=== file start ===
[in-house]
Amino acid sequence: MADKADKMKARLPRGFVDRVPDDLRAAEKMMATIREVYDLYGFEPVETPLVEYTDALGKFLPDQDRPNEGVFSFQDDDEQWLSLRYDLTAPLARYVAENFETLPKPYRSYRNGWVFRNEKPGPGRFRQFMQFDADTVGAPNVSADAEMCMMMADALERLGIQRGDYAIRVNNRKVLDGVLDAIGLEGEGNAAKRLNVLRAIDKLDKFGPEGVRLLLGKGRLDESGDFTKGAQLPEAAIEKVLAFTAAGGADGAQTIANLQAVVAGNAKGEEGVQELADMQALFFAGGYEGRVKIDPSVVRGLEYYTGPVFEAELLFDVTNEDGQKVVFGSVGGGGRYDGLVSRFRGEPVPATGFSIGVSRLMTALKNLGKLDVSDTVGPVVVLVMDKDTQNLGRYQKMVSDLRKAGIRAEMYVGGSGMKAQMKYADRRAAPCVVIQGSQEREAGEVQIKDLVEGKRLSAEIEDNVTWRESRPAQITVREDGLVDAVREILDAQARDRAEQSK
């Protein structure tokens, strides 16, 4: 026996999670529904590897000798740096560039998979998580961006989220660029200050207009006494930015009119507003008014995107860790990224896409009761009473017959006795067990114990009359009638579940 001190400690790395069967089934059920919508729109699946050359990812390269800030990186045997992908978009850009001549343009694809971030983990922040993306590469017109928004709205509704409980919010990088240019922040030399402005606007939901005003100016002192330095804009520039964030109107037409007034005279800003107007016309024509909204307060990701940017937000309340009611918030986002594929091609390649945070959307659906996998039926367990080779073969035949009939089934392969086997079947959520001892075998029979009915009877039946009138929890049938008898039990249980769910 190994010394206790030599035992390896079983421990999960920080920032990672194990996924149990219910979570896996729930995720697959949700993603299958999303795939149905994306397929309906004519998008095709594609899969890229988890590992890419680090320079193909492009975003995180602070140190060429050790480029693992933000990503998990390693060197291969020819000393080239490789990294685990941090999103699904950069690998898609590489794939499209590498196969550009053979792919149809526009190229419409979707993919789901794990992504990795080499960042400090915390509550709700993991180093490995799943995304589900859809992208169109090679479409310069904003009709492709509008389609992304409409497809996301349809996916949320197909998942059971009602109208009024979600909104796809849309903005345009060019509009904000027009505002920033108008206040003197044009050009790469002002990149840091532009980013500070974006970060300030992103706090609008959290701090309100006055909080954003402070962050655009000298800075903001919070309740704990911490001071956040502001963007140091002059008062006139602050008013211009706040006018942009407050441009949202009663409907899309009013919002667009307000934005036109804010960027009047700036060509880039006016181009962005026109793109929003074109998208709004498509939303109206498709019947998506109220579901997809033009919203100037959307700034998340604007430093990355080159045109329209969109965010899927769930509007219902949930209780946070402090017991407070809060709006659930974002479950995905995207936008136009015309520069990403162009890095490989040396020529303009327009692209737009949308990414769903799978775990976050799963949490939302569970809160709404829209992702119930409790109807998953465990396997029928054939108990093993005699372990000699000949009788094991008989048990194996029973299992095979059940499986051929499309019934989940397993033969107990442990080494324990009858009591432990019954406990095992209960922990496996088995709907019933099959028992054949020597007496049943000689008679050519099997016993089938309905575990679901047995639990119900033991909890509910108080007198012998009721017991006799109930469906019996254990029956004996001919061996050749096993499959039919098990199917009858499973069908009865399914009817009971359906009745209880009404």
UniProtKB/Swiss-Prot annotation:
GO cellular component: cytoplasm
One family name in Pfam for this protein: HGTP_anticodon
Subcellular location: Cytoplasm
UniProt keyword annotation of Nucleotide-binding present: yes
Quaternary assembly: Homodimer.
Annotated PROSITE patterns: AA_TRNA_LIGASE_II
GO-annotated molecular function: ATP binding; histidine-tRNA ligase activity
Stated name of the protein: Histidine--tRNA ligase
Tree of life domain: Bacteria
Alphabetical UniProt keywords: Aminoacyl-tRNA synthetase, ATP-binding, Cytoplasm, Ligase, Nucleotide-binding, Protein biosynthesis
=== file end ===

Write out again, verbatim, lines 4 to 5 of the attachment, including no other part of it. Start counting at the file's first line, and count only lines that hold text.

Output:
UniProtKB/Swiss-Prot annotation:
GO cellular component: cytoplasm